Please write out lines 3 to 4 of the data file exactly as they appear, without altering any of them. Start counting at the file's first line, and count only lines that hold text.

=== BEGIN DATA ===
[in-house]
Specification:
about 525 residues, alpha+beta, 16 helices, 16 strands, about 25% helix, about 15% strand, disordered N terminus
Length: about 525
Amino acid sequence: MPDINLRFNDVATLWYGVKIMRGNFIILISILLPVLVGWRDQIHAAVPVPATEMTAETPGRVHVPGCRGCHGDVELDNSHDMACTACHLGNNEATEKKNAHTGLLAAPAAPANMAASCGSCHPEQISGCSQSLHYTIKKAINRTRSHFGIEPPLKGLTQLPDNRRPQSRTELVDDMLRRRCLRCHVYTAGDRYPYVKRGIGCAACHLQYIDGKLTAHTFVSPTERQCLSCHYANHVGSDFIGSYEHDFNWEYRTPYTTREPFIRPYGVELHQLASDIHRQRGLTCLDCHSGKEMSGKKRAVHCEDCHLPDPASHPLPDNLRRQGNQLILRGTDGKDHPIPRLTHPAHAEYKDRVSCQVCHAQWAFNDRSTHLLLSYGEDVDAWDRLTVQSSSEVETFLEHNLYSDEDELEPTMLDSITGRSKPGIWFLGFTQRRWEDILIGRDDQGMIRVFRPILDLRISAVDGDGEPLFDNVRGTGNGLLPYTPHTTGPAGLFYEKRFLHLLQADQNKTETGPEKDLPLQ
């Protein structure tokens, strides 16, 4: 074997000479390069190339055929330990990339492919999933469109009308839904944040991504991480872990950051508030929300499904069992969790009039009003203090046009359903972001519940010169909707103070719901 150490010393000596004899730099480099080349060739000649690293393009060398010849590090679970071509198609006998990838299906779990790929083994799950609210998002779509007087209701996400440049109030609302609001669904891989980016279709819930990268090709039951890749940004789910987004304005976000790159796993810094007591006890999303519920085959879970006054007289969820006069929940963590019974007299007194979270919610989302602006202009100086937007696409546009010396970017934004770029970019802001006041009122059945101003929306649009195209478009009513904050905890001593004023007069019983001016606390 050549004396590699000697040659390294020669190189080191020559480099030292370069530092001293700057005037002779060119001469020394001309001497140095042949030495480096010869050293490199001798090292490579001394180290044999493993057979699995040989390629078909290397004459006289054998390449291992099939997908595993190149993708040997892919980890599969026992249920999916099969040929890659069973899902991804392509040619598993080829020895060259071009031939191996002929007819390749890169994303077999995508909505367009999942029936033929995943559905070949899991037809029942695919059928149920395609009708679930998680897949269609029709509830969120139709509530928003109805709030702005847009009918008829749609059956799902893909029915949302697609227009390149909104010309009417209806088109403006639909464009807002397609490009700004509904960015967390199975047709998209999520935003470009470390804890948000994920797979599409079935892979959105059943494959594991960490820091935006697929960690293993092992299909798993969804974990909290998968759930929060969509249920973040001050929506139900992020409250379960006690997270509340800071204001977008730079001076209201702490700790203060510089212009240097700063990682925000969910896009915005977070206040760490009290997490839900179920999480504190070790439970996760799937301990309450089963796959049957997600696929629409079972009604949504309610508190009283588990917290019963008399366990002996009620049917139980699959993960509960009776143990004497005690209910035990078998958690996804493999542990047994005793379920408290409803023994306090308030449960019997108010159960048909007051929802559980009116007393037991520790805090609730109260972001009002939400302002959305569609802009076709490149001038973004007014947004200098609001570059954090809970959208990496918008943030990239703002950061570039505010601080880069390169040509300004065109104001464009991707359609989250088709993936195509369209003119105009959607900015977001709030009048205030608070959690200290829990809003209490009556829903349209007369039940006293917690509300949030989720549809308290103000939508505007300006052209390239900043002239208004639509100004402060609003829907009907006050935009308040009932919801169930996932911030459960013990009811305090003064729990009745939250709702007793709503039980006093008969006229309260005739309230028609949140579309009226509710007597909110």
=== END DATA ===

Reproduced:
about 525 residues, alpha+beta, 16 helices, 16 strands, about 25% helix, about 15% strand, disordered N terminus
Length: about 525